Program for children in state custody recognized as ‘innovative‘

Tennessee‘s TennCare Centers
of Excellence (COE) for Children in State Custody has been recognized by the American Psychiatric Association (APA) as being one of the six most innovative programs in the country.

There are three COEs across the state, one of which is a joint initiative of Vanderbilt University Medical Center and the Monroe Carell Jr. Children‘s Hospital at Vanderbilt. The others are housed at
the medical centers of East Tennessee State University and the University of Tennessee — Memphis.

Vanderbilt‘s COE was established in 2002, thanks to a three-year, $2.1 million state grant awarded to the Psychiatry and Pediatrics departments.
The center offers early and periodic screening, diagnosis and treatment services. The program, which serves 39 counties in Middle Tennessee, has provided consultative and clinical services for the mental and physical health care of patients under 21.

Children in state custody often have higher rates (30 percent to 40 percent) of mental health problems than those not in custody. Problems include depression, substance abuse and behavioral problems in school.

At Vanderbilt, a behavioral clinic, established out of the Psychiatry‘s Community Mental Health Center, provides diagnostic, treatment and placement consultations, psychological and psychiatric evaluations, and medication management for program participants. Three child psychologists, one child psychiatrist, a psychiatric nurse practitioner and a social worker staff the clinic.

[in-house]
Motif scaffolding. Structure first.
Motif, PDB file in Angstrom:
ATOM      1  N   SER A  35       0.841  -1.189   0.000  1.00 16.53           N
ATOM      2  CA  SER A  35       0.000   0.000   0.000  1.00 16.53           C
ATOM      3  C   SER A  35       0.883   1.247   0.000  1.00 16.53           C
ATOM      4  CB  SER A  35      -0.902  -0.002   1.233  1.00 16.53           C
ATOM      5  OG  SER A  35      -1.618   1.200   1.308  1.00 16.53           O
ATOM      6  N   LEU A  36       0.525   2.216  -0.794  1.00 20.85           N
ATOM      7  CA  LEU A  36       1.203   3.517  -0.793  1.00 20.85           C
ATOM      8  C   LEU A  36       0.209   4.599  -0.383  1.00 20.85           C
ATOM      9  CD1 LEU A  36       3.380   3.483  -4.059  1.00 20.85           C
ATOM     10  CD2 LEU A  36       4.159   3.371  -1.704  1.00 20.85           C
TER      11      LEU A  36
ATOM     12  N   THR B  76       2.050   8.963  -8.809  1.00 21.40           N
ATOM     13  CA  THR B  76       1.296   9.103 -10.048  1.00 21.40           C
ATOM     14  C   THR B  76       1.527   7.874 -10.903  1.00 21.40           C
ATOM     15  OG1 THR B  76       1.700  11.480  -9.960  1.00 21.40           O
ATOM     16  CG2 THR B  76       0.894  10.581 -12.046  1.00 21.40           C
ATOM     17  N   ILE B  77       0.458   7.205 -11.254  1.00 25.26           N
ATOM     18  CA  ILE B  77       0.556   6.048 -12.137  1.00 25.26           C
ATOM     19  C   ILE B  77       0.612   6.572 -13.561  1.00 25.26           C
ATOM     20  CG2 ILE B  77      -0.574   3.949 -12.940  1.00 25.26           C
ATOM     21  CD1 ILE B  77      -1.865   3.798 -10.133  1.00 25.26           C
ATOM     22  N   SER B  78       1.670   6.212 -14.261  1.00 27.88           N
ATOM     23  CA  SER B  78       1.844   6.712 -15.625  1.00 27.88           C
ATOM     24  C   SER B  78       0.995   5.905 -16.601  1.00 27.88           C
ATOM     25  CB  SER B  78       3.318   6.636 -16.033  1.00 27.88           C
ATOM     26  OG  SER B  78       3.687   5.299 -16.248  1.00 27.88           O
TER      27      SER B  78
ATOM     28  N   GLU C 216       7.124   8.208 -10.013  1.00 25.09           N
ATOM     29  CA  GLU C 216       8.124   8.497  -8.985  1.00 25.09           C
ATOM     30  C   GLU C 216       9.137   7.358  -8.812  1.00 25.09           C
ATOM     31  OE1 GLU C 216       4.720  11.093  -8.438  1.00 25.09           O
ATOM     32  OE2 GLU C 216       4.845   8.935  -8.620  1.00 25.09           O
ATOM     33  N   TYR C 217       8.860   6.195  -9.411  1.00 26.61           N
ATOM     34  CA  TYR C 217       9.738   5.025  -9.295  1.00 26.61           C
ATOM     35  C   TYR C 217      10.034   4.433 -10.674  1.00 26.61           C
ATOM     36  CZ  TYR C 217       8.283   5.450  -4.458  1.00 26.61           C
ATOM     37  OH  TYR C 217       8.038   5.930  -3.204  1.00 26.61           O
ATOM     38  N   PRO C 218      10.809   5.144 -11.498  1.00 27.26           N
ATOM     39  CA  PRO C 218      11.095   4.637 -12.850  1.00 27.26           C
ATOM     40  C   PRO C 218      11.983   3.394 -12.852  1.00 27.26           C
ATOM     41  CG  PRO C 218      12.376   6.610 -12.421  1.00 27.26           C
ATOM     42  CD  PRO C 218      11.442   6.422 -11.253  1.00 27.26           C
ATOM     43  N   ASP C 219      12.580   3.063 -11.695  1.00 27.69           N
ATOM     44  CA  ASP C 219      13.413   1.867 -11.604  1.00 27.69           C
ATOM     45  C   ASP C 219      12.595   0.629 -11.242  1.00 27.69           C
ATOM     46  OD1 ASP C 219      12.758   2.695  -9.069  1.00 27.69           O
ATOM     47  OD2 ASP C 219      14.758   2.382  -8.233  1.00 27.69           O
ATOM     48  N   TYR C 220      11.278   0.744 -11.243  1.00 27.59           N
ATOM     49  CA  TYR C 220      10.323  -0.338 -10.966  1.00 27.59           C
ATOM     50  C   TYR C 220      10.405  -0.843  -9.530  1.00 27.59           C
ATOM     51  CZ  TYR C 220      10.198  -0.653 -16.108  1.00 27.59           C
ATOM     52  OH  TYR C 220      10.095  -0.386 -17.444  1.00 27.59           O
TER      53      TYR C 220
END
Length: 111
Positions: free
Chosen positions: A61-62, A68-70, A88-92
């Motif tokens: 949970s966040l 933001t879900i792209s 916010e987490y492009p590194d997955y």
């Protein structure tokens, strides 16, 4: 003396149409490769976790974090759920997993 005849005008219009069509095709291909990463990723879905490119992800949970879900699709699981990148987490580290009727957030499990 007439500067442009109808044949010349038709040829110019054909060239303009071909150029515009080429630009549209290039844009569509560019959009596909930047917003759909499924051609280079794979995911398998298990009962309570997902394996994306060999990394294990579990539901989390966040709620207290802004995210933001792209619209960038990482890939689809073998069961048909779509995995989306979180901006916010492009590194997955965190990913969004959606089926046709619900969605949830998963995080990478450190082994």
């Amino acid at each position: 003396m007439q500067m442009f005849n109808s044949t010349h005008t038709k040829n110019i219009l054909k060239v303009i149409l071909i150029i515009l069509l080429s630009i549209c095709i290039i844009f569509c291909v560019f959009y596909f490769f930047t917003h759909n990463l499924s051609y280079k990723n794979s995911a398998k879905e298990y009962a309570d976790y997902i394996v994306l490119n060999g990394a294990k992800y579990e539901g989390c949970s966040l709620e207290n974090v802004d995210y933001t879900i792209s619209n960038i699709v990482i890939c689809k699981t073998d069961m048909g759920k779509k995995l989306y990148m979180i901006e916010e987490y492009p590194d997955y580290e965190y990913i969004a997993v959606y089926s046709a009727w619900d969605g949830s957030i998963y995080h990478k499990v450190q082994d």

In addition to providing care coordination, COE faculty and staff meet monthly with DCS workers in the region to discuss cases and to streamline case management. Faculty and staff also train DCS personnel and community providers in best practice methods and evidence-based treatments to promote better outcomes.

Cheryl S. Al-Mateen, M.D., chair of the APA‘s achievement awards committee, said the COEs have been awarded the organization‘s Silver Achievement Award for 2004 “in recognition of their response in addressing this service gap and their ability to coordinate treatment and other services for this previously neglected population.”

The committee noted that the COEs have proven expertise in effectively identifying and addressing obstacles to treatment and services for children in state custody and their families.

More than 2,170 children who are in, or at-risk of, state custody have been served statewide by the Centers, with 1,018 (47 percent) of those served by the Vanderbilt Center of Excellence (COE).

Gerald B. Hickson, M.D., professor of Pediatrics, Associate Dean for Clinical Affairs, and Director, Vanderbilt Center for Patient & Professional Advocacy and Tom Catron, Ph.D., associate professor of Psychiatry, executive director of the VUMC Community Mental Health Center, and co-director of the Center for Psychotherapy Research & Policy at the Vanderbilt Institute for Public Policy Studies, share director duties of the center. Catron and Hickson worked closely with the state for nearly three years to devise the plan for the COEs‘ role in bringing the federally required services to children in custody.

“It is such an honor to be recognized by the APA. The COEs represent the success and innovation that academic medical centers and state partnerships can accomplish in addressing children‘s health issues,” Catron said.

“We are dealing with children who have complex mental and physical conditions,” said Hickson. “Vanderbilt offers an overall strength at examining complex cases and providing oversight and coordination of the services they may need. We‘re all part of the same team.”

For more information contact the COE at (615) 322-8701 or toll-free at (866) COE-VCOE (263-8263).


For More Information:

Jerry Jones, (615) 322-4747